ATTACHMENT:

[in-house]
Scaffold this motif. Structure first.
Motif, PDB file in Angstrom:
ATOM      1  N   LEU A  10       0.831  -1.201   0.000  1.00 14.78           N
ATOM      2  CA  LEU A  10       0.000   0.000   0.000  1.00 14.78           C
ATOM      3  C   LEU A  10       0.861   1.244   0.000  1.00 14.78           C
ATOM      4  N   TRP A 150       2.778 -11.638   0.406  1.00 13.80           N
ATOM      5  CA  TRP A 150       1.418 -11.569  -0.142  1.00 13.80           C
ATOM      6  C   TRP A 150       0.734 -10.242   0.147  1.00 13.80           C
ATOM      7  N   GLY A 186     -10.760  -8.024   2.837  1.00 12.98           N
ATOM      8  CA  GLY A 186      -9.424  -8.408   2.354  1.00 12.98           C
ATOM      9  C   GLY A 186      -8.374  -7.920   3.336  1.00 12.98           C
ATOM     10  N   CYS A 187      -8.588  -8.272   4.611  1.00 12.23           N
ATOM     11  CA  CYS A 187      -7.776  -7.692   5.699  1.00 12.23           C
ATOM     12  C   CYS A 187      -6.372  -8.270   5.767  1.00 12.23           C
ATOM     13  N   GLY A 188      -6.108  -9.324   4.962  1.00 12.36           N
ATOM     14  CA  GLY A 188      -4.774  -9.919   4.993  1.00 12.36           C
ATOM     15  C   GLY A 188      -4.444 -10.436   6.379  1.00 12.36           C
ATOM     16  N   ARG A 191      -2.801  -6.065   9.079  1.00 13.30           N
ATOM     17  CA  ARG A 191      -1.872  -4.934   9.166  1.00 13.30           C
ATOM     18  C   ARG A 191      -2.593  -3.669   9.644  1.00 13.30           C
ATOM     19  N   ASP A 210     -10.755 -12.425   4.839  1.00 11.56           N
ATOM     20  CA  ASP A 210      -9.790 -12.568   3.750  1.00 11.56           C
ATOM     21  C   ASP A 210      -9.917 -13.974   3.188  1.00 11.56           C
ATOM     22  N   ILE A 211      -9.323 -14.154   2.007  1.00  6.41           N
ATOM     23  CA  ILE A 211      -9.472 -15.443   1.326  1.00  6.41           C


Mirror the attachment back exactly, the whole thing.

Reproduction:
[in-house]
Scaffold this motif. Structure first.
Motif, PDB file in Angstrom:
ATOM      1  N   LEU A  10       0.831  -1.201   0.000  1.00 14.78           N
ATOM      2  CA  LEU A  10       0.000   0.000   0.000  1.00 14.78           C
ATOM      3  C   LEU A  10       0.861   1.244   0.000  1.00 14.78           C
ATOM      4  N   TRP A 150       2.778 -11.638   0.406  1.00 13.80           N
ATOM      5  CA  TRP A 150       1.418 -11.569  -0.142  1.00 13.80           C
ATOM      6  C   TRP A 150       0.734 -10.242   0.147  1.00 13.80           C
ATOM      7  N   GLY A 186     -10.760  -8.024   2.837  1.00 12.98           N
ATOM      8  CA  GLY A 186      -9.424  -8.408   2.354  1.00 12.98           C
ATOM      9  C   GLY A 186      -8.374  -7.920   3.336  1.00 12.98           C
ATOM     10  N   CYS A 187      -8.588  -8.272   4.611  1.00 12.23           N
ATOM     11  CA  CYS A 187      -7.776  -7.692   5.699  1.00 12.23           C
ATOM     12  C   CYS A 187      -6.372  -8.270   5.767  1.00 12.23           C
ATOM     13  N   GLY A 188      -6.108  -9.324   4.962  1.00 12.36           N
ATOM     14  CA  GLY A 188      -4.774  -9.919   4.993  1.00 12.36           C
ATOM     15  C   GLY A 188      -4.444 -10.436   6.379  1.00 12.36           C
ATOM     16  N   ARG A 191      -2.801  -6.065   9.079  1.00 13.30           N
ATOM     17  CA  ARG A 191      -1.872  -4.934   9.166  1.00 13.30           C
ATOM     18  C   ARG A 191      -2.593  -3.669   9.644  1.00 13.30           C
ATOM     19  N   ASP A 210     -10.755 -12.425   4.839  1.00 11.56           N
ATOM     20  CA  ASP A 210      -9.790 -12.568   3.750  1.00 11.56           C
ATOM     21  C   ASP A 210      -9.917 -13.974   3.188  1.00 11.56           C
ATOM     22  N   ILE A 211      -9.323 -14.154   2.007  1.00  6.41           N
ATOM     23  CA  ILE A 211      -9.472 -15.443   1.326  1.00  6.41           C